Psychedelic rock band Jefferson Airplane’s vocalist, songwriter, and founder, Marty Balin was found dead at 76, with the cause unknown. Originally Martyn Jerel Buchwald, Balin was born in Cincinnati, Ohio and went to high school in San Francisco, California. There, Balin became a major figure of the San Francisco music scene as he opened up his own music club The Matrix, hosting groups like the Grateful Dead, Steve Miller, Big Brother and the Holding Company, Janis Joplin, Santana, and Steppenwolf.
Before Jefferson Airplane, his earlier musical work involved Challenge Records and a folk quartet, the Town Criers. After this, Balin met Paul Kantner at a 12-string guitarist gathering and formed a band with Jorma Kaukonen, Jack Casady, Skip Spence, and Signe Toly Anderson which came out with the debut album Jefferson Airplane Takes Off in 1996 featuring songs like “Blues from an Airplane” and it is no secret where Balin’s contributions clearly stand out. Anderson was replaced with Grace Slick in 1967, the same year they came out with their breakthrough album Surrealistic Pillow, which Balin co-wrote five songs like “Comin’ Back to Me”, “She Has Funny Cars” and worked on “Today” with Paul Kantner and Grateful Dead’s Jerry Garcia. With Volunteers in 1969, he portrayed the anti-Vietnam movement. Balin later left the band until 1974 when he, Kantner, and the other remaining members started up Jefferson Starship, scoring top 3 hits Miracles and Count on Me, written by Balin.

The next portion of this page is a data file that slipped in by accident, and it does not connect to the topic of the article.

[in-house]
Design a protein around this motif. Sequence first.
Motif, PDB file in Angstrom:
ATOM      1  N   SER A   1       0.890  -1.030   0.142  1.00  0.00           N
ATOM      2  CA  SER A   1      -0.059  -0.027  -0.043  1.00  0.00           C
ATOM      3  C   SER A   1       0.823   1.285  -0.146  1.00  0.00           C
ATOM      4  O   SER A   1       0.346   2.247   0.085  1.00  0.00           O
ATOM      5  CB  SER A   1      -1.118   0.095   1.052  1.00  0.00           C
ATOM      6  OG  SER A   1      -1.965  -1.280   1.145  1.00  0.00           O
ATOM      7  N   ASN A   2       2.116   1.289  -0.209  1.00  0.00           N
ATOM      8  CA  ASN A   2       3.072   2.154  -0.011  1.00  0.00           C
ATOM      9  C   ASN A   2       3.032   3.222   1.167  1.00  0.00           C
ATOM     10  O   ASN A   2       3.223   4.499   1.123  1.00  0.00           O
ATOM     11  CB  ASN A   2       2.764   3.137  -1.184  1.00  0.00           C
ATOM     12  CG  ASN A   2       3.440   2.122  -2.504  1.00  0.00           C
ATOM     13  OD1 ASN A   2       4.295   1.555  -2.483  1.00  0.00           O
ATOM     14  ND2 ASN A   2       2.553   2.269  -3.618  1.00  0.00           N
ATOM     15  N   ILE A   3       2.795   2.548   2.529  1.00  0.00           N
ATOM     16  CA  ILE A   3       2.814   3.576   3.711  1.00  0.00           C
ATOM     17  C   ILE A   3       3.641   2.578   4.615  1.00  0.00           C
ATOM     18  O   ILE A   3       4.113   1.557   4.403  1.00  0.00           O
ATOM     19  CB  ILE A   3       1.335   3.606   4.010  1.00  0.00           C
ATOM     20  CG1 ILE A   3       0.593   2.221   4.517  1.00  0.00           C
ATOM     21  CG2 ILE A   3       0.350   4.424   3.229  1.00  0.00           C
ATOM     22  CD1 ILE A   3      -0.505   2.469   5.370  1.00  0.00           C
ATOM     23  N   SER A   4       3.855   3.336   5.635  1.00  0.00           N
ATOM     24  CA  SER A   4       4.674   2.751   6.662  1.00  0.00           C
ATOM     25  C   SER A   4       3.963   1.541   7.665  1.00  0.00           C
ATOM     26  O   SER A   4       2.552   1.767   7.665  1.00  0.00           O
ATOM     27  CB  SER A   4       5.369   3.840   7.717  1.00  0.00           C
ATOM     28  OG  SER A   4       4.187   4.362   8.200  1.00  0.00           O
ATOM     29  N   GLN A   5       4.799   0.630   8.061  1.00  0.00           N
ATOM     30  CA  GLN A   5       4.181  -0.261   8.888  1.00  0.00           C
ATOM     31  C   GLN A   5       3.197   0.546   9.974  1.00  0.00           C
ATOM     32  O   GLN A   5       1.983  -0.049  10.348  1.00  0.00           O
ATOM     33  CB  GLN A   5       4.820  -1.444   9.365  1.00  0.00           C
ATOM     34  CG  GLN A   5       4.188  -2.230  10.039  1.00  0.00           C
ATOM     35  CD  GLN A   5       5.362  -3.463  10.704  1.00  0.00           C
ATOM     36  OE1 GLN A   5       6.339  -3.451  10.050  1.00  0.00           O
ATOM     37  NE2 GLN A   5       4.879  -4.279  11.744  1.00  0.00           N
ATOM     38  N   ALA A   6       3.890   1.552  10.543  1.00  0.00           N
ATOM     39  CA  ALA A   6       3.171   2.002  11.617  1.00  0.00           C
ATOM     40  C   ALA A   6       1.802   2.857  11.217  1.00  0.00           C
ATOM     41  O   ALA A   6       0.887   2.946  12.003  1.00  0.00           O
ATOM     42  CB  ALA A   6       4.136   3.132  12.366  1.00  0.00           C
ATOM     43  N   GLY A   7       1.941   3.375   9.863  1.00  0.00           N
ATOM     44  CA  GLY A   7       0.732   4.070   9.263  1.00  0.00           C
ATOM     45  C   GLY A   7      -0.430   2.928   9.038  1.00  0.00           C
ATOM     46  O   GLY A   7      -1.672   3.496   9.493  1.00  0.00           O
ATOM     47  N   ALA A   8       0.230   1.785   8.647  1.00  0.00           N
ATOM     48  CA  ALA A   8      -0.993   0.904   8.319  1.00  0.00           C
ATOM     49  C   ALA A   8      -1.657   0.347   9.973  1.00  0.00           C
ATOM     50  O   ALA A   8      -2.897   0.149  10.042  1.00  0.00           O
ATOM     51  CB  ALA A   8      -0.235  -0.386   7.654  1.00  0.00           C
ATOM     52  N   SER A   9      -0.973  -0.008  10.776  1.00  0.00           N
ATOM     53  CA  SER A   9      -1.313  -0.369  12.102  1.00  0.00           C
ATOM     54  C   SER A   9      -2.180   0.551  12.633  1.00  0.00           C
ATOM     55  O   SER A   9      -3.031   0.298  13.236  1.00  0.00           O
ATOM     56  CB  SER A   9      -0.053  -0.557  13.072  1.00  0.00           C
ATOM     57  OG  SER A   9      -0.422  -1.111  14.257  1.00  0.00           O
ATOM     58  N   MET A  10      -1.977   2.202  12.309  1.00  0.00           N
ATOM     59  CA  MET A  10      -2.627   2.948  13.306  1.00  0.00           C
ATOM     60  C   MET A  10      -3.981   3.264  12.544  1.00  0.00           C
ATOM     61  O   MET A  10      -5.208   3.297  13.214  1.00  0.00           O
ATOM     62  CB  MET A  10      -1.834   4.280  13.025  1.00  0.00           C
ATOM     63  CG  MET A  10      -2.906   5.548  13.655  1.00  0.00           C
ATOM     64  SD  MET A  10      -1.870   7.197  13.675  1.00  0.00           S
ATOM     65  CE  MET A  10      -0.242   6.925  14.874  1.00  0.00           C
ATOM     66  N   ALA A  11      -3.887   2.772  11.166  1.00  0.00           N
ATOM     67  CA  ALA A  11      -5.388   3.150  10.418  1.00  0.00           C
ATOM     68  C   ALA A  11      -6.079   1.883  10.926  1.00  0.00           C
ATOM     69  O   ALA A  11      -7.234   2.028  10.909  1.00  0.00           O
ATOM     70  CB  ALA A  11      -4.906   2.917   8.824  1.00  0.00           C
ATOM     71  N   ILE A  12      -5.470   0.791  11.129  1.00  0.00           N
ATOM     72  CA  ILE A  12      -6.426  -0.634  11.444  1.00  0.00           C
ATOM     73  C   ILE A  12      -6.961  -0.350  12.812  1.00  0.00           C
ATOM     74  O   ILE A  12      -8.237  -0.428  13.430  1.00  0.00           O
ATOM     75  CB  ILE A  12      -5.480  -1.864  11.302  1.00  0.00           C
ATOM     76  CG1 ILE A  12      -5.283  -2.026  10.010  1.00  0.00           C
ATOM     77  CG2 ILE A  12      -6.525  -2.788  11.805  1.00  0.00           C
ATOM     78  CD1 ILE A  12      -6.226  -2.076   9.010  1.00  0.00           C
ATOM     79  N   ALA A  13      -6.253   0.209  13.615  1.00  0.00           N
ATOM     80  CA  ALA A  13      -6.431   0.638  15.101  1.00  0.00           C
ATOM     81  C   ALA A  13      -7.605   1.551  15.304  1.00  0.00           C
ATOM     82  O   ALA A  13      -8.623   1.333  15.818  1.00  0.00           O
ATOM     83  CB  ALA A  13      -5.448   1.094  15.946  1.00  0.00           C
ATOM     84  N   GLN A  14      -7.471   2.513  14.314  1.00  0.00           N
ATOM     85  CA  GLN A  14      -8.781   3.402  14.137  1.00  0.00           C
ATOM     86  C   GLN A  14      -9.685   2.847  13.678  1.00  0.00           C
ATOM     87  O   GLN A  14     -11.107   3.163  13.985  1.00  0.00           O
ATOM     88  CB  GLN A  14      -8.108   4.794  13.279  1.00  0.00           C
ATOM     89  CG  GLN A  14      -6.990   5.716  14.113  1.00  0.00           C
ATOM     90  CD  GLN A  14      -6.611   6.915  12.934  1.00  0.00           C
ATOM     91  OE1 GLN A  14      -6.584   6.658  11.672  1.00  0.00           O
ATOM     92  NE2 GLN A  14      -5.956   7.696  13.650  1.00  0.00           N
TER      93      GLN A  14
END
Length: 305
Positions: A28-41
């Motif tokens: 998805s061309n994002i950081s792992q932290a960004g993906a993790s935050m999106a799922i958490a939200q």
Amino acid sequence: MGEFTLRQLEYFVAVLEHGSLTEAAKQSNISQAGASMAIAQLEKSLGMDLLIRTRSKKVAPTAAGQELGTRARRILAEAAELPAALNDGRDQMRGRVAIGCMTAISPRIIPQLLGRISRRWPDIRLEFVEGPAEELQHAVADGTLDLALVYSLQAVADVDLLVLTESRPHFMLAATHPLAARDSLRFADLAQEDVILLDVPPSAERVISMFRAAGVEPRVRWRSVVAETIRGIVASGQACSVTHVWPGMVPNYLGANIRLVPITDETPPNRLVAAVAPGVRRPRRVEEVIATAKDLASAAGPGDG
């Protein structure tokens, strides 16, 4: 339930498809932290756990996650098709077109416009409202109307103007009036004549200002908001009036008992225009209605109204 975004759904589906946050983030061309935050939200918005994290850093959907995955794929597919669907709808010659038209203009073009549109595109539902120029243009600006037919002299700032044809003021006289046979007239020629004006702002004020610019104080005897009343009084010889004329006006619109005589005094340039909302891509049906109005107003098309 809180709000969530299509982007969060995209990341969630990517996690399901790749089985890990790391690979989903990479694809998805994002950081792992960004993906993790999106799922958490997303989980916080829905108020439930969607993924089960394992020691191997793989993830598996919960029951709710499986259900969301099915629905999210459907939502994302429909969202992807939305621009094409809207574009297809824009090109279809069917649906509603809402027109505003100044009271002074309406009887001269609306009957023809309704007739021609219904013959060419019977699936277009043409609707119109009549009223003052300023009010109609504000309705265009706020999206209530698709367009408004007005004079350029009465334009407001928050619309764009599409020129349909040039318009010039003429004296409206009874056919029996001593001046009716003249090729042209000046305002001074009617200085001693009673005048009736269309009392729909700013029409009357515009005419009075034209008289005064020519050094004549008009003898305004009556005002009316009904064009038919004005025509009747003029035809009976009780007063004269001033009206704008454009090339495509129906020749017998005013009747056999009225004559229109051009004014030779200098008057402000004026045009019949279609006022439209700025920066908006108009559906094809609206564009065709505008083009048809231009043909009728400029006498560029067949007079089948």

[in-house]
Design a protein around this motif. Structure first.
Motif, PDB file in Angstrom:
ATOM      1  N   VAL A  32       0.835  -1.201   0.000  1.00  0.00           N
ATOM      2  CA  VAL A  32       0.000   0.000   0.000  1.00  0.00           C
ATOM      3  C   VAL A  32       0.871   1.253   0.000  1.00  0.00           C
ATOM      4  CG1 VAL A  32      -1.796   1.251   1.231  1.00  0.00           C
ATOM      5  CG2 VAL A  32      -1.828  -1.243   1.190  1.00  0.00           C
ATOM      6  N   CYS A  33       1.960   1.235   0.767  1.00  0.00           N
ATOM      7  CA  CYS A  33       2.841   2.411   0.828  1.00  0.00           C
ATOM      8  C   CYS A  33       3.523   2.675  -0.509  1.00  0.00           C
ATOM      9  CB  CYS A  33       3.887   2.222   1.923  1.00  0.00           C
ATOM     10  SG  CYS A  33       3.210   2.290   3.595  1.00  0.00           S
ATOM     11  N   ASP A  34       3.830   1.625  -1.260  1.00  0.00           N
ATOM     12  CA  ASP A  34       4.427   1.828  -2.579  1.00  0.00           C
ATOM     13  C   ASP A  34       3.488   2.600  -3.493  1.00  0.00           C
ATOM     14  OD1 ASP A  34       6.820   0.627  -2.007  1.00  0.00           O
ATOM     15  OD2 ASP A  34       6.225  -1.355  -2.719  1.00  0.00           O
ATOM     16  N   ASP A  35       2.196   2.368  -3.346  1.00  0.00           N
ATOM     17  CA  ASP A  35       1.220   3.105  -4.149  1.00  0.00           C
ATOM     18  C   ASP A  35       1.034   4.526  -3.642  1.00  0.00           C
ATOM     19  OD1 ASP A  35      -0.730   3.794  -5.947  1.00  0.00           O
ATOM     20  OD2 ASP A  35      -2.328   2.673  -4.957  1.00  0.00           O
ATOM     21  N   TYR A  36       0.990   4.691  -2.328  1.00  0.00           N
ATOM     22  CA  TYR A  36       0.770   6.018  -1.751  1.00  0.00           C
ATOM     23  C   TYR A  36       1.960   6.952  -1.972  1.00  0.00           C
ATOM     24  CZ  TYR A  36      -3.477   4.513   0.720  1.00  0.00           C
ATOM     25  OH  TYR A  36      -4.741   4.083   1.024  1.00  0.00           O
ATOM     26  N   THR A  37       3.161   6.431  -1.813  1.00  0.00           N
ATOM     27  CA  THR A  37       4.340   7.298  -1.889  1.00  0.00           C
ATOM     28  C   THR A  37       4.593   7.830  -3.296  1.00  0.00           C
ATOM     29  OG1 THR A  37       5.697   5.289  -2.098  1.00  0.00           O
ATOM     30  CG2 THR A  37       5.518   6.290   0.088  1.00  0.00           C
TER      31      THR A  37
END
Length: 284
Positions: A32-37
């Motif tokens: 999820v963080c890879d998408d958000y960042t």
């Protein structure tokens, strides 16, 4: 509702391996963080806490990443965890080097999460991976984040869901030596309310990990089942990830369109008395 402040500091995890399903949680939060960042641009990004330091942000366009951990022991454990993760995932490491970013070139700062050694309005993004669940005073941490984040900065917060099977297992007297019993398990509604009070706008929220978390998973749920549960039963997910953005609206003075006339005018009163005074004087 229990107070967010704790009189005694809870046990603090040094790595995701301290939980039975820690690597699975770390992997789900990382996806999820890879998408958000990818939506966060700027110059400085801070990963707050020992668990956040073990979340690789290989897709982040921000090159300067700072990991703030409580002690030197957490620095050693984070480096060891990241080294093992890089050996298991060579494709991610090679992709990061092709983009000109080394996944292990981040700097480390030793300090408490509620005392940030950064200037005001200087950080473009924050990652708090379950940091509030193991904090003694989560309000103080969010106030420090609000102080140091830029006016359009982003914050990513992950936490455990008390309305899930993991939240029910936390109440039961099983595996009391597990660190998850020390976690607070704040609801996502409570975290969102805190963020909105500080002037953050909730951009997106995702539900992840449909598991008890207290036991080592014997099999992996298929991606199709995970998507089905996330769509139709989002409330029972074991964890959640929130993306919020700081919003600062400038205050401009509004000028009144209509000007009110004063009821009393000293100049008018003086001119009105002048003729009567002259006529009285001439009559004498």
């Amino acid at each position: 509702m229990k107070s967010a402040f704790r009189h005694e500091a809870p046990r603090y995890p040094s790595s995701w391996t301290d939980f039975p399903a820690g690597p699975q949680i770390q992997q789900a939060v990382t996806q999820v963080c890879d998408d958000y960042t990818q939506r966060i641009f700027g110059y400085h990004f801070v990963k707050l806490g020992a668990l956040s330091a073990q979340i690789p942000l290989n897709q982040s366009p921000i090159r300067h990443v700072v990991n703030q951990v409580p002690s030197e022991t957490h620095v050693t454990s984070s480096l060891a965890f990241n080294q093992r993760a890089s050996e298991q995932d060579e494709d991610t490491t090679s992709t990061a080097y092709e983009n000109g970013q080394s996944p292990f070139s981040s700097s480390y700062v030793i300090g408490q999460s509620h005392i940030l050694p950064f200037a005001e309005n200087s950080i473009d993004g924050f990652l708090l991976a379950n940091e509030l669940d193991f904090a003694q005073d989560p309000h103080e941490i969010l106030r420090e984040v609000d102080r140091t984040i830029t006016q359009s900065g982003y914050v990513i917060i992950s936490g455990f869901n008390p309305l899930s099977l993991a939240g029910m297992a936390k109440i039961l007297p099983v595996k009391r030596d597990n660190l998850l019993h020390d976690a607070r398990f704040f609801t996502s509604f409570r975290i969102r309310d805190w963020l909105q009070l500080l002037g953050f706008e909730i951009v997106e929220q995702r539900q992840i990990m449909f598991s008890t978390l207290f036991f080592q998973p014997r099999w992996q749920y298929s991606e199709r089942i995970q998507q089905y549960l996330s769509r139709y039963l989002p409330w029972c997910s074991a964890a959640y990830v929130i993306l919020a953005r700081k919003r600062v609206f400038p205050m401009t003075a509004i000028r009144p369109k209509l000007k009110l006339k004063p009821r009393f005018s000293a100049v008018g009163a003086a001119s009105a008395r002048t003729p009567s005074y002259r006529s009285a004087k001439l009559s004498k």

After time with the bands, Balin also had a successful solo career, including a top ten hit with the song “Hearts”. In 1996, he and others were inducted into the Rock and Roll Hall of Fame. Balin also received a Grammy Lifetime Achievement Award in 2016. Despite years of tension with fellow band members, Balin became a key component of Jefferson Airplane’s mark of 1960s psychedelic rock, with songs about love, freedom, and altered perception. He was a part of the band during its prime with Slick, Kantner, and Kaukonen when they were major parts of the Fillmore in San Francisco and Fillmore East in NYC. Balin’s legend also lives on with the memories of his participants in staple 1960s festivals like Monterey Pop, Woodstock, and Altamont. His music, business, voice, and life infiltrated the psychedelic rock revolution for years, creating staple songs and bringing light to other bands that will forever be influential.